What is the significance of the title in Hemingway's The Old Man and the Sea?
The title has great significance, it foreshadows some of the important themes of Hemingway's novella, The Old Man and the Sea. In addition, the title focuses our attention on the central relationship in the story, that between the old man, Santiago, and the sea, including the mighty and terrible creatures that live therein. The title tells us that while Santiago's relationship to Manolin is important and the embodiment of the themes of love and youth versus old age, it is not the central relationship in the story.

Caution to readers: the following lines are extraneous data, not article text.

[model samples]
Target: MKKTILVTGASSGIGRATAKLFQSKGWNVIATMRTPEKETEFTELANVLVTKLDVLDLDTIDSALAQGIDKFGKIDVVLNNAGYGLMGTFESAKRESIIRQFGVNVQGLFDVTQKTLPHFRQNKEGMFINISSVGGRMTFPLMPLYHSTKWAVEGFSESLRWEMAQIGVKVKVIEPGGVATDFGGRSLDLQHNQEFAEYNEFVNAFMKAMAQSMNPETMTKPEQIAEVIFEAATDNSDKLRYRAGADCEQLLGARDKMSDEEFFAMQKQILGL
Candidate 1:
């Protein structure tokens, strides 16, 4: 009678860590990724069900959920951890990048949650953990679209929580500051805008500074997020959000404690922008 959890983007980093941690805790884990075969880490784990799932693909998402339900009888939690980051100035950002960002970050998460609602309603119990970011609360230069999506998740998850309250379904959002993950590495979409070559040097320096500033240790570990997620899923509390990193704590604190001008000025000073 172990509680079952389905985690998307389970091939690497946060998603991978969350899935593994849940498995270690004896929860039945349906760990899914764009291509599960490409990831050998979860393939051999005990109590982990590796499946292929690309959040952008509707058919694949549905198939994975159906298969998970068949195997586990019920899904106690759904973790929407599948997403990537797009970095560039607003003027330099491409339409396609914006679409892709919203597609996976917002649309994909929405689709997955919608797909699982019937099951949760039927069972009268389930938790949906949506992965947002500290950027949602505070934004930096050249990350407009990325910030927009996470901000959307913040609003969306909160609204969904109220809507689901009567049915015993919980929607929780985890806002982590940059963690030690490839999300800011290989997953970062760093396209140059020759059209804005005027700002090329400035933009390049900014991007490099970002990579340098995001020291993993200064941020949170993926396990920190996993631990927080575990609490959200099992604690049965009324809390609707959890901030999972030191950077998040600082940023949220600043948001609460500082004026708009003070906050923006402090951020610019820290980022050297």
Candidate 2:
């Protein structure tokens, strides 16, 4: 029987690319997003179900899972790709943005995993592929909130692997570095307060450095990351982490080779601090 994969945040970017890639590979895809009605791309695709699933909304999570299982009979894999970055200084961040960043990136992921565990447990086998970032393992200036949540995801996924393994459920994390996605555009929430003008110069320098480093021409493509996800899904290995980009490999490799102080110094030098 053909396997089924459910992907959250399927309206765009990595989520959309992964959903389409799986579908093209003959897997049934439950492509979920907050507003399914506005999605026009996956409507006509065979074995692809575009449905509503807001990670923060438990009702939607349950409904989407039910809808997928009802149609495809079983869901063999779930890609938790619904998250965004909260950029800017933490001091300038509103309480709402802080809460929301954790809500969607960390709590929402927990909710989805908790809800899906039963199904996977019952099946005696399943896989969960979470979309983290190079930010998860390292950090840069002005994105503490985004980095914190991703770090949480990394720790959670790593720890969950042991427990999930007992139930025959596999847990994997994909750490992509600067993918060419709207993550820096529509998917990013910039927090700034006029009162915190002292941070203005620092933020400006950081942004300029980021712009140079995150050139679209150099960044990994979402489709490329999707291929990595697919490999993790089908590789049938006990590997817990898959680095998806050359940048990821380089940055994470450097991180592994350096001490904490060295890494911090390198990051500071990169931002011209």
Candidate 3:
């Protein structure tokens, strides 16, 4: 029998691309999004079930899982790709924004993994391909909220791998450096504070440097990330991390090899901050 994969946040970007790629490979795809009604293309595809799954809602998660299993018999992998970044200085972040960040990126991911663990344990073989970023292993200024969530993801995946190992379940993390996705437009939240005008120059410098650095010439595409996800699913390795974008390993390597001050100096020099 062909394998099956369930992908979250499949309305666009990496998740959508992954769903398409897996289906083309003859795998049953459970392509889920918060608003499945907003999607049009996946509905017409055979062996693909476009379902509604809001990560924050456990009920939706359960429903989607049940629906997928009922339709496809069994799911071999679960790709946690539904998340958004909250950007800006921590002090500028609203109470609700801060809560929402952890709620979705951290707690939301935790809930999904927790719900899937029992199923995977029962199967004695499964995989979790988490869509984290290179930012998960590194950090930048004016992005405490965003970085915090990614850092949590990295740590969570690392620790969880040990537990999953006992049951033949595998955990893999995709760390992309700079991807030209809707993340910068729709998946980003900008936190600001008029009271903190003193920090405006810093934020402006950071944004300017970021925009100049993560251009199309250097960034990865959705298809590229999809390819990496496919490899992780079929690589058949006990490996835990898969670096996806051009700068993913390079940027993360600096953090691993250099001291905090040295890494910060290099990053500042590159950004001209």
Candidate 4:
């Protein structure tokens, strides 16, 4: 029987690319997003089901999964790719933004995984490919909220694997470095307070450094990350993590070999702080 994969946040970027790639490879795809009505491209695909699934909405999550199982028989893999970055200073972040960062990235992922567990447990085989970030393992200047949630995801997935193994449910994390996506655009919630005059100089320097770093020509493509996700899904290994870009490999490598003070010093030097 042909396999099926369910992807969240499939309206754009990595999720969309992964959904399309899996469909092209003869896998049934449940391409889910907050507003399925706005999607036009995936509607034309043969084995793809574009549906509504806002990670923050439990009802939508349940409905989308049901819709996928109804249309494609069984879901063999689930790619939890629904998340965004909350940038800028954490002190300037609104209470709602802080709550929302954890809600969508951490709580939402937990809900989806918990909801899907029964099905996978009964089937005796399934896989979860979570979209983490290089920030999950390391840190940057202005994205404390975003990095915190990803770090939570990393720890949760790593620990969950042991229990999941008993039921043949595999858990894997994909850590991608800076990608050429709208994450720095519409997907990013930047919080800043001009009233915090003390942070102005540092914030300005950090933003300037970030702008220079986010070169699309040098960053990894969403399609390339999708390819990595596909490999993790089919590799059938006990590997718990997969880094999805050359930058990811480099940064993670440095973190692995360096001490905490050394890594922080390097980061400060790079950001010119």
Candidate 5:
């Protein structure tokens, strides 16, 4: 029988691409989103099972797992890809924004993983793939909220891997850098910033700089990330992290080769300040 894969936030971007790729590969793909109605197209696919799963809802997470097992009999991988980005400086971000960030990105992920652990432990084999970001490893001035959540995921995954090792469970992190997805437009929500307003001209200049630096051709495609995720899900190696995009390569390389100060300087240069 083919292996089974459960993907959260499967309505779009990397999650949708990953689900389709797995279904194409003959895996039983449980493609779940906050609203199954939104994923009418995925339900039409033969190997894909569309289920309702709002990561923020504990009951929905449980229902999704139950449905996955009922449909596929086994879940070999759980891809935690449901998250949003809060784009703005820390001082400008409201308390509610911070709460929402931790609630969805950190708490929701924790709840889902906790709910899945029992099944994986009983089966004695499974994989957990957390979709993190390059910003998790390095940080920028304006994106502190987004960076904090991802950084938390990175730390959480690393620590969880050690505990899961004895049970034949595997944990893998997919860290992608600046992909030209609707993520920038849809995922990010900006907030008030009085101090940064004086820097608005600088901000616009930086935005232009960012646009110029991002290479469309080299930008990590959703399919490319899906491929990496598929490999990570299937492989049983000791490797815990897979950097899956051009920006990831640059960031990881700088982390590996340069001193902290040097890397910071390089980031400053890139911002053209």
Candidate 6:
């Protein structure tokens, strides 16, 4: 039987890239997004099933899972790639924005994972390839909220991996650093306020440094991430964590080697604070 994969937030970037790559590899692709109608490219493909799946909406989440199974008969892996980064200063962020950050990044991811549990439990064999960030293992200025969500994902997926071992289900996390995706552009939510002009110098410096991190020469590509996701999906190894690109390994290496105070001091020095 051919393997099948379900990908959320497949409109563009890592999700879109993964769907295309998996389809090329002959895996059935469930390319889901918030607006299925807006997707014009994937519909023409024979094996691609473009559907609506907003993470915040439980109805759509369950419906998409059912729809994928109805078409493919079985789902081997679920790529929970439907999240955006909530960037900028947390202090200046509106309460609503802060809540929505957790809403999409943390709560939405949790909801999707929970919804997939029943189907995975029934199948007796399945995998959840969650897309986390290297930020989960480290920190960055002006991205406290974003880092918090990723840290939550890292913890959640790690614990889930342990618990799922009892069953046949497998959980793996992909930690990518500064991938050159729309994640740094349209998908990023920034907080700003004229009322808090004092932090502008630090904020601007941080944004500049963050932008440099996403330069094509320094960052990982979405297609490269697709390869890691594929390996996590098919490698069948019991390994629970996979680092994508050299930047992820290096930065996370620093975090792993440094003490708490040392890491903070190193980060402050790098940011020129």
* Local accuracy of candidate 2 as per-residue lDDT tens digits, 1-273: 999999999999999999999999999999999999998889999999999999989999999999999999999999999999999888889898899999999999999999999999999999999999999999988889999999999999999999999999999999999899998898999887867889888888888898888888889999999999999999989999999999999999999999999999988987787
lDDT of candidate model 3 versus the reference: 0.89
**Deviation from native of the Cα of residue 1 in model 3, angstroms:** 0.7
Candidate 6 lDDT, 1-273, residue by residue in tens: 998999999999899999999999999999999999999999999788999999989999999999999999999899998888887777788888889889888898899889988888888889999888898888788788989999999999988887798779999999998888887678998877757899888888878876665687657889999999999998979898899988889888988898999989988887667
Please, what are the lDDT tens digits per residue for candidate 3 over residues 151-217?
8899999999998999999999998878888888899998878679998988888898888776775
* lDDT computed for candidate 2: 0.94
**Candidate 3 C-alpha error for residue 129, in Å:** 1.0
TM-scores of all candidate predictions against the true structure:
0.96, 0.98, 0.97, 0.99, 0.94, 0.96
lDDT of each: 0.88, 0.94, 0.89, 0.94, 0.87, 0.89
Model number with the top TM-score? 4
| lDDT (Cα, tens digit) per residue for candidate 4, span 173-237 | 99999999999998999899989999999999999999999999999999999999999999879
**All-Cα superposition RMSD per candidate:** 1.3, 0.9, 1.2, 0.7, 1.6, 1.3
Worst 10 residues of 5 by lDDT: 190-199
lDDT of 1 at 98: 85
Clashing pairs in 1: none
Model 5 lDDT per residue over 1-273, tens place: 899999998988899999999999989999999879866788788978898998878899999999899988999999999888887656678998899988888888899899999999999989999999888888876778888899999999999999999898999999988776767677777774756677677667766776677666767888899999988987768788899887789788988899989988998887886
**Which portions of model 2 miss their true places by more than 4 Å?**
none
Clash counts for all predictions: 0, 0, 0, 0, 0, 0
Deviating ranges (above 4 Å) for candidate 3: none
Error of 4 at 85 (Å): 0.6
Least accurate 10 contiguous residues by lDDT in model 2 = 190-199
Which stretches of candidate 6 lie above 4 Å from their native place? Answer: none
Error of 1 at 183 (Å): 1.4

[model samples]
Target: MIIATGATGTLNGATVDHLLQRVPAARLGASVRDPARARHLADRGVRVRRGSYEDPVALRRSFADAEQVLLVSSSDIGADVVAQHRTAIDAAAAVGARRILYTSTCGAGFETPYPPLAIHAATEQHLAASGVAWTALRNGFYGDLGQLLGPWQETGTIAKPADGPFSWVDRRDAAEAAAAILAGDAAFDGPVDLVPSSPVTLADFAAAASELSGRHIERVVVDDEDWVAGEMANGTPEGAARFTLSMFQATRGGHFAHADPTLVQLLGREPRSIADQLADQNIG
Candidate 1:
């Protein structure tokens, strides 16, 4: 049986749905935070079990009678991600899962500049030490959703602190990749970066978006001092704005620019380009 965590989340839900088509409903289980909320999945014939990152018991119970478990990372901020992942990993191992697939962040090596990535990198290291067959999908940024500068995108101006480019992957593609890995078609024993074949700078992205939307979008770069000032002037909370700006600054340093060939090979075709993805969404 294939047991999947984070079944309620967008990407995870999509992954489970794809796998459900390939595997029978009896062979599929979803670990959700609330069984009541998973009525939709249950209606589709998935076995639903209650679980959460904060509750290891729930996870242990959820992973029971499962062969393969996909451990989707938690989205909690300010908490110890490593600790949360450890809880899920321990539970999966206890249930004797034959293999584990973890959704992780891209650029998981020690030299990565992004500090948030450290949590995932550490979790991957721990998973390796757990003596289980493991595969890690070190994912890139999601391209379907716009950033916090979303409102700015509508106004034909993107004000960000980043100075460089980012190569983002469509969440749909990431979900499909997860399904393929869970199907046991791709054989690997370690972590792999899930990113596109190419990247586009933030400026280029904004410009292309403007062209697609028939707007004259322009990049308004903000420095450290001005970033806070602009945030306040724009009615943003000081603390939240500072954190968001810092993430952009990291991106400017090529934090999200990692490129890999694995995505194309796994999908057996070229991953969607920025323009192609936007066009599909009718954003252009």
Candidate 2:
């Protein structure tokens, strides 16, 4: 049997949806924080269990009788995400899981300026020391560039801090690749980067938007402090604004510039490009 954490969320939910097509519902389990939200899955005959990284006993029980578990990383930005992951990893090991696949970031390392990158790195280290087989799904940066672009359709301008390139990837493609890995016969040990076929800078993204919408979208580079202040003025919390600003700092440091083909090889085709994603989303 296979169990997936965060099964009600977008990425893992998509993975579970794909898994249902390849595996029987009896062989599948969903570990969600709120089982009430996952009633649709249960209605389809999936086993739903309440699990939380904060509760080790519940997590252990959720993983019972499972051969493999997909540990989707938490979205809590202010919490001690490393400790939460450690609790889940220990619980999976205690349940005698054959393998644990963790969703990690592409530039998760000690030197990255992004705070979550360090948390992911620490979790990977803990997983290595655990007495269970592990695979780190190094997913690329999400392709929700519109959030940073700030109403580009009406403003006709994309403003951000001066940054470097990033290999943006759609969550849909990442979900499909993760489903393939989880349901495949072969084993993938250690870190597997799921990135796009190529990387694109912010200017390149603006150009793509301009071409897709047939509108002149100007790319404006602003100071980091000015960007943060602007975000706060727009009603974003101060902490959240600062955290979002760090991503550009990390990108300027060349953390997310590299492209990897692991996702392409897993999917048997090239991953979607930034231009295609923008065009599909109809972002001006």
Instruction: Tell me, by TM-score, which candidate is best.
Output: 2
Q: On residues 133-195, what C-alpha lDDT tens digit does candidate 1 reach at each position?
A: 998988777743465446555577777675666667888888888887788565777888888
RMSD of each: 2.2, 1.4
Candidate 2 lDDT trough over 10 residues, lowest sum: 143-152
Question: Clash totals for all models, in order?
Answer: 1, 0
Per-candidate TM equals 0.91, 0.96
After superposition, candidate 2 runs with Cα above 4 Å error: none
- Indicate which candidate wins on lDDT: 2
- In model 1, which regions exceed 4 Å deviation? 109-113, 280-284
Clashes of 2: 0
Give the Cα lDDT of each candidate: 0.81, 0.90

One theme the title foreshadows is that of the human condition. Hemingway explores the struggle of humankind to survive in an environment that is fierce and forever needs subduing. For a lifetime, Santiago has gone out onto the mighty sea to wrestle livelihood from it by simultaneously understanding and working in harmony with its ways and overpowering it and conquering its ways. It is the old man in a contest with the sea--especially the contest with the marlin that Hemingway tells of--that embodies the human condition of struggle and harmony with and in our environment.
He was an old man who fished alone in a skiff in the Gulf Stream and he had gone eighty-four days now without taking a fish. ... Everything about him was old except his eyes and they were the same color as the .sea and were cheerful and undefeated.